Baylor’s missions department finds ways to serve amid pandemic

The Missions and Public Life department has continued to find ways to serve campus throughout the pandemic in ways such as handing out masks. Courtesy Photo

By Mallory Harris | Staff Writer

In previous years, students have been able to serve the Baylor and Waco community through Baylor’s Missions and Public Life Department. However, when the pandemic hit, many local and global teams were classified as inactive for the fall 2020 semester.

Learning how to develop ways students can still serve, Rebecca Kennedy, assistant dean for missions and public life, shared how the department is growing.

“We’re trying to do more of that, embed some virtual experiences for our students who still want to make an impact in the world knowing that we’re grounded, literally,” Kennedy said.

While urban mission teams have been shut down for the fall 2020 semester and the spring 2021 semester lacks a spring break for students to go into the community, the department has found other ways to create service opportunities. Pivoting its focus to see the need that might be on campus, Kennedy explained how the department created Bear Aid for students who are quarantined due to COVID-19.

Teaming up with different areas of the university, such as Campus Living and Learning and Aramark, Kennedy said the program is meant to provide “wrap around care” by delivering food, mail or other necessities for students on and off-campus.

“We also still involve some of our students in our Bear Aid ministry to help fellow students. So, we have some students who will write notes [and] who will come pack bags,” Kennedy said. “We’re doing that to involve students who want to continue to serve, and right now they’re serving their fellow students.”

Due to the minimal amount of work the department can undertake, Kennedy said they developed prototype virtual mission projects last fall. Partnering with Dr. Annie Ginty, who teaches behavioral medicine within the psychology and neuroscience program, her class conducted a project where students would choose a non-profit organization and then develop solutions to the needs the organization presented. Over the course of the semester, students built relationships with these non-profits while also applying topics and skills they learned in the classroom.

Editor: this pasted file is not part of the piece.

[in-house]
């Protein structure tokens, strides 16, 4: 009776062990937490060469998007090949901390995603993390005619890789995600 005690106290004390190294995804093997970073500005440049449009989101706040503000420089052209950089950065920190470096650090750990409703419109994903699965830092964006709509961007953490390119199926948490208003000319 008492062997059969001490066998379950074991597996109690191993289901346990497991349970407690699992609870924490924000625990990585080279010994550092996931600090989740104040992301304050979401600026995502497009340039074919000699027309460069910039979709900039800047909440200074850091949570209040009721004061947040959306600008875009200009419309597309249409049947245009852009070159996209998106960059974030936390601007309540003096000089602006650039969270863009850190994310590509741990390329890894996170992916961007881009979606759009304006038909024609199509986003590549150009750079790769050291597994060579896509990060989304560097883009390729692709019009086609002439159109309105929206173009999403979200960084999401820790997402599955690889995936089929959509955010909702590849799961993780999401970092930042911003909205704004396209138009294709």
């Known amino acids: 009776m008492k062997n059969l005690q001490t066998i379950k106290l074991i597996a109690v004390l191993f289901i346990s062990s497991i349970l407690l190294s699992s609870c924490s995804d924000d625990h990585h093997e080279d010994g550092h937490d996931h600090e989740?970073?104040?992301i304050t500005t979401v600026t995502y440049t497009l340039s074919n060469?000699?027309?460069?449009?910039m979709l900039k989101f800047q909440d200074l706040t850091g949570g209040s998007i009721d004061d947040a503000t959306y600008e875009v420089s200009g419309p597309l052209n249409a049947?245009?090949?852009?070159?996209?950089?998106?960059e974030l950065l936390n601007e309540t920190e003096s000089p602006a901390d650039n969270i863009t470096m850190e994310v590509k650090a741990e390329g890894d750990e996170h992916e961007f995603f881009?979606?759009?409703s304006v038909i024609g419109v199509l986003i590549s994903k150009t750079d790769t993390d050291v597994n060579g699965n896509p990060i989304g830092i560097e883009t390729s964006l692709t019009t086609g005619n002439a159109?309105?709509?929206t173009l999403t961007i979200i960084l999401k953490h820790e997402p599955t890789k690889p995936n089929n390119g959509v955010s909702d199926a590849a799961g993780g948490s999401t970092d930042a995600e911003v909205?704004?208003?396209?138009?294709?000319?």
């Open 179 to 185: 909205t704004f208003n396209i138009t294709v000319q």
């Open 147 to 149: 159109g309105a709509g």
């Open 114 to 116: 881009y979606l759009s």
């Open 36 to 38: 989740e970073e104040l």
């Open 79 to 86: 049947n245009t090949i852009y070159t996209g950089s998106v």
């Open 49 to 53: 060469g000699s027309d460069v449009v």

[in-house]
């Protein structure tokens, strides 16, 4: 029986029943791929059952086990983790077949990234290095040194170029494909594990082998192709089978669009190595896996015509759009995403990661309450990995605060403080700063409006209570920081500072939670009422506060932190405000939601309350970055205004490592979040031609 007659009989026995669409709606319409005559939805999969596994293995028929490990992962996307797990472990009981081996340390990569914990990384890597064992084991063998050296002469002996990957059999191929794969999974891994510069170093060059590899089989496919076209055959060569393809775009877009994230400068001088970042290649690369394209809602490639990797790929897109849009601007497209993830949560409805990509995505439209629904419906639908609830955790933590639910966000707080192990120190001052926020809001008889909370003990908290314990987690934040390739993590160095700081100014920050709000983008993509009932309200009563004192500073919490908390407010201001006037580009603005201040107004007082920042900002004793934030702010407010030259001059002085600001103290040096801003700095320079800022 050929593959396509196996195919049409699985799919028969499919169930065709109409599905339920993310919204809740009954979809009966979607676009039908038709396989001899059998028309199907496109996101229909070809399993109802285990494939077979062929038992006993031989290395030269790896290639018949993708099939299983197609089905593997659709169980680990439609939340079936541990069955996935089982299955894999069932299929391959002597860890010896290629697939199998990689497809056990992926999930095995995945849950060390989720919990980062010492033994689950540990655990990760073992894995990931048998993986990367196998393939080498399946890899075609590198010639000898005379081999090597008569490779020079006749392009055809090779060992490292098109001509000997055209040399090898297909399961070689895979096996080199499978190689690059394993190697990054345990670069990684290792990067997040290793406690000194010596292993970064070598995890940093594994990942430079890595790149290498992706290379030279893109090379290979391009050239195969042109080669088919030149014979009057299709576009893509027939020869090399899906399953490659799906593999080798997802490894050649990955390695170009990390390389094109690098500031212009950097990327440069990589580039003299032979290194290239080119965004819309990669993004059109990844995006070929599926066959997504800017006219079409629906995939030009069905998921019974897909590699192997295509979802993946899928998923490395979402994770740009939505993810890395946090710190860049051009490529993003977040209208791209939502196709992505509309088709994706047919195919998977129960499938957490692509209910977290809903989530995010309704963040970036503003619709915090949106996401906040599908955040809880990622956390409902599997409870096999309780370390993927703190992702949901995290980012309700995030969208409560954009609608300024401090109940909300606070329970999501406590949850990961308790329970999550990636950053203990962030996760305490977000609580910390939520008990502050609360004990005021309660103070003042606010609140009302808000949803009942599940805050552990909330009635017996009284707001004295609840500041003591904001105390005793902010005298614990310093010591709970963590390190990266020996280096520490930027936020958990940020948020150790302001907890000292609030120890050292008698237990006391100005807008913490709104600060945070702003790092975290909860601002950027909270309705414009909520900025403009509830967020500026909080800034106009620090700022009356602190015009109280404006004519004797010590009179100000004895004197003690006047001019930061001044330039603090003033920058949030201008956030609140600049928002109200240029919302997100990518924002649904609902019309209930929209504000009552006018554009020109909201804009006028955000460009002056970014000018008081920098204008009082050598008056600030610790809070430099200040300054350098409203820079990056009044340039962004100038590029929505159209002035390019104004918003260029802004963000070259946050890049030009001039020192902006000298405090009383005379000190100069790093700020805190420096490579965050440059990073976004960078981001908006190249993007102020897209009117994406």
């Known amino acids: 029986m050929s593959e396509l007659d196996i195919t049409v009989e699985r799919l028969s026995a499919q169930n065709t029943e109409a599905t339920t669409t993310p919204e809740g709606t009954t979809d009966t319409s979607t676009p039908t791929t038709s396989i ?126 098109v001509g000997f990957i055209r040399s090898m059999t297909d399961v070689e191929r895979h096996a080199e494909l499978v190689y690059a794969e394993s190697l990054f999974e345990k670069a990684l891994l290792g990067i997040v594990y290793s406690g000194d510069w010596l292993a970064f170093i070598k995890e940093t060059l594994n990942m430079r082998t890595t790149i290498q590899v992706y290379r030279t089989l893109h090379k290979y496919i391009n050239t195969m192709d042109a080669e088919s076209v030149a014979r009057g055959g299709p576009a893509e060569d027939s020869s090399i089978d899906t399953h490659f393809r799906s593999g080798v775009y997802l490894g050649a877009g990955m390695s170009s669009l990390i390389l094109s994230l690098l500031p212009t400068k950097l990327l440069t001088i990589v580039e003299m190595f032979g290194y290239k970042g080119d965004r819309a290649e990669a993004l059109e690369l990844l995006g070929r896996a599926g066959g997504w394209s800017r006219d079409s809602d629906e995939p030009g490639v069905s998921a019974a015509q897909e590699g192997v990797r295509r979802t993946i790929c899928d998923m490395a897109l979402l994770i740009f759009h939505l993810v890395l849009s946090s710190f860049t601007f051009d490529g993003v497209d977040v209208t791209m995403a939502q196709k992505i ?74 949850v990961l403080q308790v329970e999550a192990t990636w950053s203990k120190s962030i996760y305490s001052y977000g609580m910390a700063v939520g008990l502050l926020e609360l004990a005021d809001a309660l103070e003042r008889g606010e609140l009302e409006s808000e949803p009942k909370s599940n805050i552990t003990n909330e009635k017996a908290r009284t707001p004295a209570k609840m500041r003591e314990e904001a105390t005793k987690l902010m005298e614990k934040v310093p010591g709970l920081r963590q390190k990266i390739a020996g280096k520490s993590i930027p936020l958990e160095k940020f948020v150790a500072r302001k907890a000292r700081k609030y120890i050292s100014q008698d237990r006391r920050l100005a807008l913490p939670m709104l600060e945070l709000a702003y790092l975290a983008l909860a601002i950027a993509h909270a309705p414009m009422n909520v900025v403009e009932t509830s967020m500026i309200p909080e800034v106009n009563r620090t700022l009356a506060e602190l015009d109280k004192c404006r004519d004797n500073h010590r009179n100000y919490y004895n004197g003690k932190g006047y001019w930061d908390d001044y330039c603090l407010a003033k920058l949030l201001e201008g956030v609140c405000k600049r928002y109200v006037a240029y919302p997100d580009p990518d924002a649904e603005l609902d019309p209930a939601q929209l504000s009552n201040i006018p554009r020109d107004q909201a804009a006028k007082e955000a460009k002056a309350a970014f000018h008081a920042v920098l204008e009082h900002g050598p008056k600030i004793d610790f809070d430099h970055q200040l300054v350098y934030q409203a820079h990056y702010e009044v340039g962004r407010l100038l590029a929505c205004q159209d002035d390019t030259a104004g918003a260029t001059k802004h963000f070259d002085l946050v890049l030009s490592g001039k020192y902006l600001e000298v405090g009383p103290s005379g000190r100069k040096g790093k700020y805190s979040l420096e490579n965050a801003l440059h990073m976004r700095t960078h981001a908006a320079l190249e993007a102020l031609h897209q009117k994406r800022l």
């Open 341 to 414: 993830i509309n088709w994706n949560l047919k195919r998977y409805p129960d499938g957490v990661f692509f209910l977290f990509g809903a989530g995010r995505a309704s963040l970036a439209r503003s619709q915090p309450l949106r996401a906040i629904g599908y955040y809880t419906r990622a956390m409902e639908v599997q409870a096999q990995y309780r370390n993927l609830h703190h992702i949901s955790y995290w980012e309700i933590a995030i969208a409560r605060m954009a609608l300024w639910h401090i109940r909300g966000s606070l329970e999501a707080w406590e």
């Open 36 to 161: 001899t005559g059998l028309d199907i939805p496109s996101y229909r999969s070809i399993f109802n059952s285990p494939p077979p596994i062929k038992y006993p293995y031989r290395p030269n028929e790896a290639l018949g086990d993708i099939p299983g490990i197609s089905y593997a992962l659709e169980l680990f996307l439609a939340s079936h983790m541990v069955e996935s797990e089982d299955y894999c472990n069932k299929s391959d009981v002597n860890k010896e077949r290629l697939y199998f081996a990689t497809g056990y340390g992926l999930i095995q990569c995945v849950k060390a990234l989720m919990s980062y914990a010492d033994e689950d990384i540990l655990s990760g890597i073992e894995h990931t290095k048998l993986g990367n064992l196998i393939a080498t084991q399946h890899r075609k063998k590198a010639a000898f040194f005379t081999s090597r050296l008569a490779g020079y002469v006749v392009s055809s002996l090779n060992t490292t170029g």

“Students reported that they were able to see that for some of the complexities of the problems that people face there’s not very simple solutions, but that there are ways they can help in small pieces that can accumulate bigger changes,” Ginty said.

League City senior Bea Magsino was a student of Ginty during this project and explained how this experiential learning experience was something she loved. Explaining her work with The Cove, a non-profit located in Waco that provides a nurturing environment for homeless youth, Magsino said she saw how important relationships are to one’s life. Magsino explained that the goal of her project was to create a developmental training program for volunteers at The Cove on how to support the youth in the program.

“To me, it’s crazy to wrap my head around the fact that Baylor, being a prestigious private university, is in an area that needs help more than ever,” Magsino said in an email. “In my opinion, Baylor is truly a ‘Baylor Bubble’ because I feel like those inside the ‘bubble’ and those outside the ‘bubble’ have different lives, and those inside the ‘bubble’ need to help those outside of it.”

As part of Baylor’s mission statement, the Missions and Public Life Department strives to cultivate students who are prepared for worldwide leadership. Along with the mission statement, President Linda Livingstone has developed the Illuminate project that allows for a “transformative impact” on students. Kennedy explained that the department seeks to demonstrate of the values put forth by the illuminate project. Baylor’s missions are discipline-specific, which Kennedy said helps students and faculty serve within their expertise.

“We are creating these experiences for faculty and students to use their expertise, their field of study — engineers, business professors and students, nursing students, the list goes on and on — to use their field of study to do real work in the real world,” Kennedy said.

While the main focus of the Missions and Public Life Department has changed from going into the community at full force to moving with small groups and turning toward campus, there are still ways for students to be involved. As they work with different organizations within the community, students can find more information through the department’s website.

“One of the best ways other students can reach out to their fellow students [is a] note of encouragement, maybe even just to say ‘Hey, Homecoming wasn’t like it was this year but here’s what you can expect in the future,’ Kennedy said. “Things like that I think would be helpful and encouraging because some of our students know no different.”